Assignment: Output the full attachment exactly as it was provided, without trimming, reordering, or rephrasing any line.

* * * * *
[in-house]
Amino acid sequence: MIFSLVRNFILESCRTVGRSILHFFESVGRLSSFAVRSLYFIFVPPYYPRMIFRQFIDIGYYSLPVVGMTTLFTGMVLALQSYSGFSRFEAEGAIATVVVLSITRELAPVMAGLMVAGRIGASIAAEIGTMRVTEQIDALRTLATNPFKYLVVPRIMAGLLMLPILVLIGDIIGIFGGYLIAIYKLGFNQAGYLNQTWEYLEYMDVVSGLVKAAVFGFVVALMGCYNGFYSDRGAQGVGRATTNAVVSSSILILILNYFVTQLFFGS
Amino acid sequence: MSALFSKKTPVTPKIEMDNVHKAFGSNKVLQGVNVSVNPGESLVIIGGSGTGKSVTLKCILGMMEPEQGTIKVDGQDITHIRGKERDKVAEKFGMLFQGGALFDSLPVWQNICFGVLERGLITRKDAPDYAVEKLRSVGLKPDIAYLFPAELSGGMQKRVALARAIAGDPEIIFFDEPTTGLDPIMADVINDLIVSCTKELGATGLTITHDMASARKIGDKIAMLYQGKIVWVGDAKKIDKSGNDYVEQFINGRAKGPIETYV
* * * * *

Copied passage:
[in-house]
Amino acid sequence: MIFSLVRNFILESCRTVGRSILHFFESVGRLSSFAVRSLYFIFVPPYYPRMIFRQFIDIGYYSLPVVGMTTLFTGMVLALQSYSGFSRFEAEGAIATVVVLSITRELAPVMAGLMVAGRIGASIAAEIGTMRVTEQIDALRTLATNPFKYLVVPRIMAGLLMLPILVLIGDIIGIFGGYLIAIYKLGFNQAGYLNQTWEYLEYMDVVSGLVKAAVFGFVVALMGCYNGFYSDRGAQGVGRATTNAVVSSSILILILNYFVTQLFFGS
Amino acid sequence: MSALFSKKTPVTPKIEMDNVHKAFGSNKVLQGVNVSVNPGESLVIIGGSGTGKSVTLKCILGMMEPEQGTIKVDGQDITHIRGKERDKVAEKFGMLFQGGALFDSLPVWQNICFGVLERGLITRKDAPDYAVEKLRSVGLKPDIAYLFPAELSGGMQKRVALARAIAGDPEIIFFDEPTTGLDPIMADVINDLIVSCTKELGATGLTITHDMASARKIGDKIAMLYQGKIVWVGDAKKIDKSGNDYVEQFINGRAKGPIETYV